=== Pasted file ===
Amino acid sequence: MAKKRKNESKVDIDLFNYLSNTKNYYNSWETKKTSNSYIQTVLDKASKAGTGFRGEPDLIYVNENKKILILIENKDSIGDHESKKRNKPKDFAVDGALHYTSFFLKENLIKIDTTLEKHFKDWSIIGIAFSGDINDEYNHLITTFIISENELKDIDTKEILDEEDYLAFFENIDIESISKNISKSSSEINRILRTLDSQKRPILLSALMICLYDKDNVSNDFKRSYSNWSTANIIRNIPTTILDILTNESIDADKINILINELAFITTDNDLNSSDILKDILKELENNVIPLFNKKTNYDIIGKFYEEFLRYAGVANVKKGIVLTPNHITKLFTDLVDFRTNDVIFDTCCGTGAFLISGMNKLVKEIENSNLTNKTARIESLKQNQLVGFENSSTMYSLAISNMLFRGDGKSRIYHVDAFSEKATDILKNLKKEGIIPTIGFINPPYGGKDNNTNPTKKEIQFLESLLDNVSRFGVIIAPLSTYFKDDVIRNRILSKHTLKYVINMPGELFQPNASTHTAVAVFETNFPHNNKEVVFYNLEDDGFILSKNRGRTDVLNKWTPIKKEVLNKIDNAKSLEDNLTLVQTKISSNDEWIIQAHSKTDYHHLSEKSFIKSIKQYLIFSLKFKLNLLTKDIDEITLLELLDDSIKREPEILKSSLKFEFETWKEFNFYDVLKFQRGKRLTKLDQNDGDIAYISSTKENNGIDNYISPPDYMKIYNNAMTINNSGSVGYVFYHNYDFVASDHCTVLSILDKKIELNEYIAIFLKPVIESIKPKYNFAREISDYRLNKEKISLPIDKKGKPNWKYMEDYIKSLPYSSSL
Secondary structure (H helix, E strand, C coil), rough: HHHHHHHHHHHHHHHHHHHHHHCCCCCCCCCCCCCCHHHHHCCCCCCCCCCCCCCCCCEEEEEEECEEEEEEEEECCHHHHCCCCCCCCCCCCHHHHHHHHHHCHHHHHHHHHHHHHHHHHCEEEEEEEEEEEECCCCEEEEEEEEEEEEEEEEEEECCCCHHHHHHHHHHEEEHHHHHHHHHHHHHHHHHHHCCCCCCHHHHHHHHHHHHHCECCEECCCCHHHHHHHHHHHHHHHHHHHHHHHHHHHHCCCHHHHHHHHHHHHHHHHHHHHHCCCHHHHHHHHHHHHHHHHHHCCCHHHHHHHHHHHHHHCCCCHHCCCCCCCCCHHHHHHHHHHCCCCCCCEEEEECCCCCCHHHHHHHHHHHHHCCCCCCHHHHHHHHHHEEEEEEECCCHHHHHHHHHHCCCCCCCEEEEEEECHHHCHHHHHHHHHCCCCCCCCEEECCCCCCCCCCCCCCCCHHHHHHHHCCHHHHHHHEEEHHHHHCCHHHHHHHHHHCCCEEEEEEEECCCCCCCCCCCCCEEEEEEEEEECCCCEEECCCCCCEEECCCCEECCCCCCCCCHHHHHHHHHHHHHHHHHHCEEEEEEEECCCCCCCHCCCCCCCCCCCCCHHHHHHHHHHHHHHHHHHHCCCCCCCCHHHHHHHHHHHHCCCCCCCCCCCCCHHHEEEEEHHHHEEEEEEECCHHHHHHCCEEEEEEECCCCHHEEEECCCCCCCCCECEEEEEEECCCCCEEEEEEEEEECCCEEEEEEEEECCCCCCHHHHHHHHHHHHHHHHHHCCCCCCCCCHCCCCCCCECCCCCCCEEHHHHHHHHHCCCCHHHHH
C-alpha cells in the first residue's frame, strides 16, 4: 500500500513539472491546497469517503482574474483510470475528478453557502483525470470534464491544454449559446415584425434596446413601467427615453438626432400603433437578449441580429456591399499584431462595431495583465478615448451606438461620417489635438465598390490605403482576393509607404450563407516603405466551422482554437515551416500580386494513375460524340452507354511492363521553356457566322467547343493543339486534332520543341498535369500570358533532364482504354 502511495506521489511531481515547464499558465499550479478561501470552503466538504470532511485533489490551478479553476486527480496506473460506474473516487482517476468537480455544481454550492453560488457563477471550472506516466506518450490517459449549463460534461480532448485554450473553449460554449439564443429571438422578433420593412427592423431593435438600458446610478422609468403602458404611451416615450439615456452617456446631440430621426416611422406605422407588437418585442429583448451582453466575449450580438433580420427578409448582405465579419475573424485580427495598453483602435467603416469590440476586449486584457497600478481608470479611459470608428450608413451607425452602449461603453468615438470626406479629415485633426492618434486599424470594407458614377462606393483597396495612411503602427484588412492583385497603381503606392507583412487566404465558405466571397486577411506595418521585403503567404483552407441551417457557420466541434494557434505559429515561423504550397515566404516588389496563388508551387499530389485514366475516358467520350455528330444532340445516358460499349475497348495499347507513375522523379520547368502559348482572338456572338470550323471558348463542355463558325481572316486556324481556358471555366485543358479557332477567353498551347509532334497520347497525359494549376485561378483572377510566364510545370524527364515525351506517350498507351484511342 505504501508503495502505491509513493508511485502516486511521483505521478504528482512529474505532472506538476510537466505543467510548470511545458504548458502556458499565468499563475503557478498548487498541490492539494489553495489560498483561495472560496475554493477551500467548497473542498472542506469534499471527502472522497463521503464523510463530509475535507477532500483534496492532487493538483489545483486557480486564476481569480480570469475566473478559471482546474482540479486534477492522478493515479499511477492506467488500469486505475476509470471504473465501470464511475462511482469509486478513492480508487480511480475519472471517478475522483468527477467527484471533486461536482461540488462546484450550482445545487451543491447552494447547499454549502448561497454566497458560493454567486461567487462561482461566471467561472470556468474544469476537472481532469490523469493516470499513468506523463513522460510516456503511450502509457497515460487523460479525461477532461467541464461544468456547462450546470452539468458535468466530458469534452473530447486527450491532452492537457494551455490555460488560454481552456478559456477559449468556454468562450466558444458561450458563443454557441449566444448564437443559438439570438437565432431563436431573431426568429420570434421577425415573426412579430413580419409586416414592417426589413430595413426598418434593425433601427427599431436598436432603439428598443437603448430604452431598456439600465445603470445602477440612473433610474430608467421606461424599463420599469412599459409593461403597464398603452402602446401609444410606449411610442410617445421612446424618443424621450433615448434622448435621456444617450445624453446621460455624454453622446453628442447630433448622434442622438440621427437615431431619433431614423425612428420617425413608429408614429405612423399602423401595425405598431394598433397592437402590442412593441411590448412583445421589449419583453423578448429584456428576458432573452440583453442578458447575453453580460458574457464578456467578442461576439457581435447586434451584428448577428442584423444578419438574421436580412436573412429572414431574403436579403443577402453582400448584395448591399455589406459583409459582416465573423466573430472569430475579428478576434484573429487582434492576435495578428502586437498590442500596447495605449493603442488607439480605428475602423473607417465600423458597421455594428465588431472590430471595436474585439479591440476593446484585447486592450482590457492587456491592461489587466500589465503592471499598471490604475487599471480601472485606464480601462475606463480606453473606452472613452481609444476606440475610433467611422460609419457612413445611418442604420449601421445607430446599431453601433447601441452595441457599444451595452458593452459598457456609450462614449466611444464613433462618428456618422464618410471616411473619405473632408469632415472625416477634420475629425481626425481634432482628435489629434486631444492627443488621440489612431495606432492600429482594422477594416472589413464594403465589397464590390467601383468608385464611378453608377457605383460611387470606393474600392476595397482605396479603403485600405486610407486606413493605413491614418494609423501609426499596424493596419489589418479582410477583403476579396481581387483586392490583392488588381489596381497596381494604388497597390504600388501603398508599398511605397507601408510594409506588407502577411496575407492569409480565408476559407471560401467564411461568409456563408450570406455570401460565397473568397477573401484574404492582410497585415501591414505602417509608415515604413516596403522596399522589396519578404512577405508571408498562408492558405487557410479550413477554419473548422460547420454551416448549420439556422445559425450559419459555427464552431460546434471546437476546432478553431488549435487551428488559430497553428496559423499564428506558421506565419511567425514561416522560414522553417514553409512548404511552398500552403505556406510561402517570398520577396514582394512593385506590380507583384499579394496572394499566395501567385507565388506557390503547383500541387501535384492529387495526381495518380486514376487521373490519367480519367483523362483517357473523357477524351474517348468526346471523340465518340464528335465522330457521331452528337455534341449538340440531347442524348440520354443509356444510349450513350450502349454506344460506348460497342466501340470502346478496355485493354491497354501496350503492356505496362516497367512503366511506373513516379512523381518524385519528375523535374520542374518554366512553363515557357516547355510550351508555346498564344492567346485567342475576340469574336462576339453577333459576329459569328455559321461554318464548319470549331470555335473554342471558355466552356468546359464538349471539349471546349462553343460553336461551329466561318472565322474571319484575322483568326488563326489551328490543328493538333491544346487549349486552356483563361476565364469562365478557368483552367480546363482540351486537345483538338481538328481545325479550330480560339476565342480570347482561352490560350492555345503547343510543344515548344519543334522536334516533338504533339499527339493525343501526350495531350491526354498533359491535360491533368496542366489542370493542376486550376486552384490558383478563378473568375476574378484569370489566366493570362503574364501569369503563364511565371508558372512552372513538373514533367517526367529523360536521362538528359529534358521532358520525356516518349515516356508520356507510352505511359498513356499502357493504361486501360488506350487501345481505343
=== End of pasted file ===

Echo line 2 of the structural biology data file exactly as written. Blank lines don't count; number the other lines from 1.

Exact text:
Secondary structure (H helix, E strand, C coil), rough: HHHHHHHHHHHHHHHHHHHHHHCCCCCCCCCCCCCCHHHHHCCCCCCCCCCCCCCCCCEEEEEEECEEEEEEEEECCHHHHCCCCCCCCCCCCHHHHHHHHHHCHHHHHHHHHHHHHHHHHCEEEEEEEEEEEECCCCEEEEEEEEEEEEEEEEEEECCCCHHHHHHHHHHEEEHHHHHHHHHHHHHHHHHHHCCCCCCHHHHHHHHHHHHHCECCEECCCCHHHHHHHHHHHHHHHHHHHHHHHHHHHHCCCHHHHHHHHHHHHHHHHHHHHHCCCHHHHHHHHHHHHHHHHHHCCCHHHHHHHHHHHHHHCCCCHHCCCCCCCCCHHHHHHHHHHCCCCCCCEEEEECCCCCCHHHHHHHHHHHHHCCCCCCHHHHHHHHHHEEEEEEECCCHHHHHHHHHHCCCCCCCEEEEEEECHHHCHHHHHHHHHCCCCCCCCEEECCCCCCCCCCCCCCCCHHHHHHHHCCHHHHHHHEEEHHHHHCCHHHHHHHHHHCCCEEEEEEEECCCCCCCCCCCCCEEEEEEEEEECCCCEEECCCCCCEEECCCCEECCCCCCCCCHHHHHHHHHHHHHHHHHHCEEEEEEEECCCCCCCHCCCCCCCCCCCCCHHHHHHHHHHHHHHHHHHHCCCCCCCCHHHHHHHHHHHHCCCCCCCCCCCCCHHHEEEEEHHHHEEEEEEECCHHHHHHCCEEEEEEECCCCHHEEEECCCCCCCCCECEEEEEEECCCCCEEEEEEEEEECCCEEEEEEEEECCCCCCHHHHHHHHHHHHHHHHHHCCCCCCCCCHCCCCCCCECCCCCCCEEHHHHHHHHHCCCCHHHHH